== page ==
While the economy added jobs in March, there was a lower than anticipated boost from Census hiring, and the gain failed to make a dent in the nation’s unemployment rate. New jobs in a revitalized construction market helped offset losses in the financial sector, but Congressman Barney Frank insists the government hasn’t finished its job of getting Americans back to work. See the following article from HousingWire for more on this.
The economy added 162,000 jobs in March, marking the largest monthly pickup in three years, as the US government added around 50,000 temporary workers to the labor force to help complete the 2010 Census.
Contraction in the financial services sector led to the elimination of more than 20,000 jobs, according to the latest data from the US Department of Labor (DOL).
This month, 15m people were unemployed. The overall unemployment rate remained at 9.7% in March, unchanged from February, the DOL said.
At the same time, the broader index of both un- and under-employment — called the U-6 measure — increased marginally to 16.9%, from 16.8% in February.
The number of people working part time for economic reasons — like scaled back hours or an inability to find a full-time job — increased to 9.1m. Another 2.3m people were “marginally attached” to the labor force, meaning they are unemployed and have not looked for work in at least four weeks, according to the DOL.
The 2010 Census added 48,000 temporary positions in March. Although that figure was less than some expectations of 100,000 in the month, it helped alleviate fears the volume of jobs added in March would be exaggerated by the Census hirings.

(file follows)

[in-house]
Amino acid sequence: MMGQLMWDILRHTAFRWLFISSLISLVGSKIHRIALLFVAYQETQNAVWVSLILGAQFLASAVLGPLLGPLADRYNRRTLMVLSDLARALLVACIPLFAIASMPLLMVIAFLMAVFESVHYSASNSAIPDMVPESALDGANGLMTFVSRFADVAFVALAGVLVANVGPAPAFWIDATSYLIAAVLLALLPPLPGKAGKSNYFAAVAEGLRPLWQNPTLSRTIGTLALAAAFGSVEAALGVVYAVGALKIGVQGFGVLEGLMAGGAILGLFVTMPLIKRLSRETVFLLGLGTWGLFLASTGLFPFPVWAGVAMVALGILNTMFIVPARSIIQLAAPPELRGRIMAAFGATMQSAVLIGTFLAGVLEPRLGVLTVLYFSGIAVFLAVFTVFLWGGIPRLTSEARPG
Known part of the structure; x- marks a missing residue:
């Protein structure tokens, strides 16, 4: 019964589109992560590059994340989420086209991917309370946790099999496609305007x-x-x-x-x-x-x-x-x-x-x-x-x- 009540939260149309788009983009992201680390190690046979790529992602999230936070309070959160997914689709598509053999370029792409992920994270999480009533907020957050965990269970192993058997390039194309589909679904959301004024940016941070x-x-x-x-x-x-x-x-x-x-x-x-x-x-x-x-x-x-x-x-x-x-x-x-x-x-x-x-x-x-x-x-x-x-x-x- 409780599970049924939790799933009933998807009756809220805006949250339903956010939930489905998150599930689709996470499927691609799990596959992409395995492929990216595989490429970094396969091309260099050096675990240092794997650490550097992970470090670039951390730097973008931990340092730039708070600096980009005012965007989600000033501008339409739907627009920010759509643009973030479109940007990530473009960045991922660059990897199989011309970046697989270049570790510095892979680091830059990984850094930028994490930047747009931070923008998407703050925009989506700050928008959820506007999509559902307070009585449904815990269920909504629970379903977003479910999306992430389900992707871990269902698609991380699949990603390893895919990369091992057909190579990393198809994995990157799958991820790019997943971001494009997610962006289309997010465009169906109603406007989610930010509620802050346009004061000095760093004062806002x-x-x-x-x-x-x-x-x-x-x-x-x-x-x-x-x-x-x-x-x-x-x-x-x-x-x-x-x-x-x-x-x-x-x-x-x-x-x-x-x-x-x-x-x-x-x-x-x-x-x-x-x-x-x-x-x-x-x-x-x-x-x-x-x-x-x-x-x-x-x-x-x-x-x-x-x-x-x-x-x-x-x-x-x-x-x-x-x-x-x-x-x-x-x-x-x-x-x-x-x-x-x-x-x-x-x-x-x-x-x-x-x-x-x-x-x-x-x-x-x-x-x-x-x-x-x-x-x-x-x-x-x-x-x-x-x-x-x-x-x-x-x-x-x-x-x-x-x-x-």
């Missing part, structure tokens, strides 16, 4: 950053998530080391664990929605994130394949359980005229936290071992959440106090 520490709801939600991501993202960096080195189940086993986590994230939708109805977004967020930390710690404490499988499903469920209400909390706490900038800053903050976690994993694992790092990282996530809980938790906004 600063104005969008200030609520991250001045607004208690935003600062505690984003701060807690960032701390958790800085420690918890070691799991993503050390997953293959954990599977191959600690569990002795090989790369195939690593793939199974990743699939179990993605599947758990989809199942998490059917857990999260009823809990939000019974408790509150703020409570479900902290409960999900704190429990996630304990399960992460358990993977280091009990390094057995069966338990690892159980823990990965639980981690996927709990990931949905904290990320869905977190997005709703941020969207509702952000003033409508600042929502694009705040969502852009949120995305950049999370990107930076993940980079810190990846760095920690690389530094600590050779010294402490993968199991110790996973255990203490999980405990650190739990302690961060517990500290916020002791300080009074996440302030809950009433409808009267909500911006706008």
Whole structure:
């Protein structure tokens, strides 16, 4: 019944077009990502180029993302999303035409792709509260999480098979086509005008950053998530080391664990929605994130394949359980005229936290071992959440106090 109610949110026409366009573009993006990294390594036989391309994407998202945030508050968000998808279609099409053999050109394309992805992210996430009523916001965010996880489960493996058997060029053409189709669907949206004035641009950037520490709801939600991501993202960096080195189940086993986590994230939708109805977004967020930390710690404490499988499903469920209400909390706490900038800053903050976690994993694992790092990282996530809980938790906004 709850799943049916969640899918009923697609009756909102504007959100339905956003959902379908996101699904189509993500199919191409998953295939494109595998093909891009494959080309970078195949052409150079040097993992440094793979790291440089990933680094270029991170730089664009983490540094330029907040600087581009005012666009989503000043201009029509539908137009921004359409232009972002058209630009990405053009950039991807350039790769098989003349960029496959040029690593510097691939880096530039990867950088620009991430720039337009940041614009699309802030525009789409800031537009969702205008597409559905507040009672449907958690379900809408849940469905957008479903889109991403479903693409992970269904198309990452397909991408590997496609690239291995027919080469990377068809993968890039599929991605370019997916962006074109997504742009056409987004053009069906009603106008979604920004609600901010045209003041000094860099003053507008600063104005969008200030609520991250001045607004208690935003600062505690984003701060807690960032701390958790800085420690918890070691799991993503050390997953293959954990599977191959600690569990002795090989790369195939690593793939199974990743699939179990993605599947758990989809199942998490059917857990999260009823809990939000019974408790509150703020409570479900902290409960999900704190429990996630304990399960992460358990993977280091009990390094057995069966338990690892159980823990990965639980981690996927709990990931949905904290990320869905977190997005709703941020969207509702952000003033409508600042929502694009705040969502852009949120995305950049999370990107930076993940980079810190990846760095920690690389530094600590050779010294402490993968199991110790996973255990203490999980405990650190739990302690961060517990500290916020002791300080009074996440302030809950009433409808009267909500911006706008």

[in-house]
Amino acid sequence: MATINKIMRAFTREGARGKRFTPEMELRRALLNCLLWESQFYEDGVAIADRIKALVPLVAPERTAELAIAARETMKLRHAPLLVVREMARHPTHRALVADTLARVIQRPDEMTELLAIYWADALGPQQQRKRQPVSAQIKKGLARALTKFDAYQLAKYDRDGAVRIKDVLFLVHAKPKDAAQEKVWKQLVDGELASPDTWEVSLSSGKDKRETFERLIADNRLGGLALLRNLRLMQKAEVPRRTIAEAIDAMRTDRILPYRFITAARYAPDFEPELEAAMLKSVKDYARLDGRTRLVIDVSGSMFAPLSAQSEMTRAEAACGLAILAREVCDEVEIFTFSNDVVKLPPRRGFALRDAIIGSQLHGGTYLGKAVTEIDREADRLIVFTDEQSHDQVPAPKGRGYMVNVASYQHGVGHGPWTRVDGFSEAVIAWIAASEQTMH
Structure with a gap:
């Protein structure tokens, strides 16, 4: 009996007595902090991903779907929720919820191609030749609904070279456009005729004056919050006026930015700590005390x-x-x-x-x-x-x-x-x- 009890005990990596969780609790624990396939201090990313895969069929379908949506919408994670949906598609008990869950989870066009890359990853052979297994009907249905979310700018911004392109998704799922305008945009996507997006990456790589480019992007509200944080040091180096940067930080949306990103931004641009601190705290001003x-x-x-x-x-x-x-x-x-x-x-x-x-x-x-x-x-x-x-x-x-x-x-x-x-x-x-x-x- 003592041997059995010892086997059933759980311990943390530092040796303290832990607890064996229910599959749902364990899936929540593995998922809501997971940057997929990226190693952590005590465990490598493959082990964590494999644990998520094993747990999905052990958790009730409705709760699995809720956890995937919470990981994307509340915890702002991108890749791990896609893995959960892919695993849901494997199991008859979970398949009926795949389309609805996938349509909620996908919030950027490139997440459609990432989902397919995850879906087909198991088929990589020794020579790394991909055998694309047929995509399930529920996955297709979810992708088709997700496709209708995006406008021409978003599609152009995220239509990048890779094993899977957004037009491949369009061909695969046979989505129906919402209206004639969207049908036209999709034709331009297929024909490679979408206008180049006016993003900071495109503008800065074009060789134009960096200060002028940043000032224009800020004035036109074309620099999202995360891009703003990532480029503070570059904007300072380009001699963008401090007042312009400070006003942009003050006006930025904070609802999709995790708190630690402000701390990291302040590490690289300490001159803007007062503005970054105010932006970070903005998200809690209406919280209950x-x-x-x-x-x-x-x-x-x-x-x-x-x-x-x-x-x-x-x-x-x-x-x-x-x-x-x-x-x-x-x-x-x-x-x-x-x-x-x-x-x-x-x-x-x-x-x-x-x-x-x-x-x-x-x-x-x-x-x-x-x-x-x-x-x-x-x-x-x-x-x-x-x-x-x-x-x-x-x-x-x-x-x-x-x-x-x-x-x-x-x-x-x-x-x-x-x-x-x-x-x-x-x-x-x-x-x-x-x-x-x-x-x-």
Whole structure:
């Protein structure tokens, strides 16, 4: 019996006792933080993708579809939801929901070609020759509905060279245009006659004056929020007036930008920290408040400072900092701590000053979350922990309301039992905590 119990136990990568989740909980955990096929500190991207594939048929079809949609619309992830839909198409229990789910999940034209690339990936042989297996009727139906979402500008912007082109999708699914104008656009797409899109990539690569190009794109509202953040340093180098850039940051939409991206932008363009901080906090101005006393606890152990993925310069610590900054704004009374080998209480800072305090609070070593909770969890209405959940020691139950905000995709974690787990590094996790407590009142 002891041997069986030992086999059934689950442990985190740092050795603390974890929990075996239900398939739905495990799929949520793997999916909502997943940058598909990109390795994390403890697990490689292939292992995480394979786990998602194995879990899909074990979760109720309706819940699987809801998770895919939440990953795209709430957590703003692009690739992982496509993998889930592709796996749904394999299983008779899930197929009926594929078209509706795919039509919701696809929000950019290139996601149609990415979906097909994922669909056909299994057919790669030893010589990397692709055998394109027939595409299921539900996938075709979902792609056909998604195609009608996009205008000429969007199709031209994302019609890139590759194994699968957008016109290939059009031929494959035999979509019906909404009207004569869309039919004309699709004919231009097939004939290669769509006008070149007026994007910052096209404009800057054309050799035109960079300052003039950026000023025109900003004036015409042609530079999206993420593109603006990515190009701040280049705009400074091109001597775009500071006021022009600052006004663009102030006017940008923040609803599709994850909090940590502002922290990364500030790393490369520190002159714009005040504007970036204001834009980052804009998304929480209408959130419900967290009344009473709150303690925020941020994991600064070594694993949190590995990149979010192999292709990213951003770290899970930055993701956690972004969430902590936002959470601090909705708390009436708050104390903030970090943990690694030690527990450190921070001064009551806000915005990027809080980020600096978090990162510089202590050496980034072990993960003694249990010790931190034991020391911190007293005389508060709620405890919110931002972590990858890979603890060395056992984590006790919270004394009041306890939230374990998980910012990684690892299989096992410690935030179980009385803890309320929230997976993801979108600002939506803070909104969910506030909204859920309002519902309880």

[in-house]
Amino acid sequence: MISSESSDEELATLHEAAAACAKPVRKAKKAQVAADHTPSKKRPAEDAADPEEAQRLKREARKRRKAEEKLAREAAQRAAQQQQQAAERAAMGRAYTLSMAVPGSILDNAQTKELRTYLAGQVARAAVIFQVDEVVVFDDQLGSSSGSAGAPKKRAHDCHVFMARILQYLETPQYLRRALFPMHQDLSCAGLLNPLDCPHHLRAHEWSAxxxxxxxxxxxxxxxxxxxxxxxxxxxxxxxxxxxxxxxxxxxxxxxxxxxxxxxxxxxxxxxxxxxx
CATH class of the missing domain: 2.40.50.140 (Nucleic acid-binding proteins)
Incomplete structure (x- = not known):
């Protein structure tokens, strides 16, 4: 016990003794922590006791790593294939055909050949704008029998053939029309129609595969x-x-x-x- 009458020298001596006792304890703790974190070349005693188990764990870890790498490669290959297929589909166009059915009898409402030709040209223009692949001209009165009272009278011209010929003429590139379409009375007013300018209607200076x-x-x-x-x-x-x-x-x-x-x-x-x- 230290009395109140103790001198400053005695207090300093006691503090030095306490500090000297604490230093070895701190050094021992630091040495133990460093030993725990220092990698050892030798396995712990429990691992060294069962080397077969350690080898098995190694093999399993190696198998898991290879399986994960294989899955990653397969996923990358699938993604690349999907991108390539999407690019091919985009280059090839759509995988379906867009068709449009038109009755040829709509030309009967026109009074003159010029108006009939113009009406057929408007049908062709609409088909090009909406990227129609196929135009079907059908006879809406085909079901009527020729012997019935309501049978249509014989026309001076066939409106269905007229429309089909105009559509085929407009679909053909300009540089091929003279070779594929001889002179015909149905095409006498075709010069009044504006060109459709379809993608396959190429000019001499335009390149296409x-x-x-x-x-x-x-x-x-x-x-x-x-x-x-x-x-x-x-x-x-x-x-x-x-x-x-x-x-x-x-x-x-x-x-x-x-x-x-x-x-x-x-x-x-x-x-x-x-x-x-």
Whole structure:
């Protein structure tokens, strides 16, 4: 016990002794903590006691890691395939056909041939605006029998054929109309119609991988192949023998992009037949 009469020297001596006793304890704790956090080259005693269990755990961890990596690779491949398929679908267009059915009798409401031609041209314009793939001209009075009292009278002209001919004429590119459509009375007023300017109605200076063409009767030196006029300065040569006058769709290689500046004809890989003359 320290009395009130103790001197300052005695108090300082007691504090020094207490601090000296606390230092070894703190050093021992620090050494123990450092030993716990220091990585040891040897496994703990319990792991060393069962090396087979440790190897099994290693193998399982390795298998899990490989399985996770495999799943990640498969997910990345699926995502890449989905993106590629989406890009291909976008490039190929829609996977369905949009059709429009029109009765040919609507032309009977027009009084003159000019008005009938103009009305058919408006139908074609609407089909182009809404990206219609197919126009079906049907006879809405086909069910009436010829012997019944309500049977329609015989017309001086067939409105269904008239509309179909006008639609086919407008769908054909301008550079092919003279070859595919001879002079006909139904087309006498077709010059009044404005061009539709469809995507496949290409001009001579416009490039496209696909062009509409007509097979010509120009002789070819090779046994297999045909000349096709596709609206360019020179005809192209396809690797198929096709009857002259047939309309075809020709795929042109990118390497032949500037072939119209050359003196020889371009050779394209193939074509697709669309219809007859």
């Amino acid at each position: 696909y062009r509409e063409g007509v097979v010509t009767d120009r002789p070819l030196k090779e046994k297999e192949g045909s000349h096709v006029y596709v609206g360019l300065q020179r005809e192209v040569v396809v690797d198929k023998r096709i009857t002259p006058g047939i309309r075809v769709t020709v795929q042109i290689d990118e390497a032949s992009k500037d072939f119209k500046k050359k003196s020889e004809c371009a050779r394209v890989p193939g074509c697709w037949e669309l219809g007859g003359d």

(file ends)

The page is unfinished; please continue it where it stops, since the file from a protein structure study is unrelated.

The financial activities sector shed 21,000 jobs in March, with the largest loss — -9,000 jobs — occurring at insurance carriers and related activities, DOL said. The construction industry held steady — +15,000 jobs — this month, after losing an average 72,000 jobs each month over the last 12 months.
House Financial Services Committee chairman Barney Frank (D-MA) said the growth in employment is “welcome evidence” of early economic recovery.
“But this beginning of good news does not mean that we should cut back on our job creation efforts,” he said in a statement e-mailed to reporters today. “More needs to be done by the Federal government to help job creation — especially for the more than six million Americans who have been unemployed for more than six months, and these early signs of success are arguments in favor of further action.”
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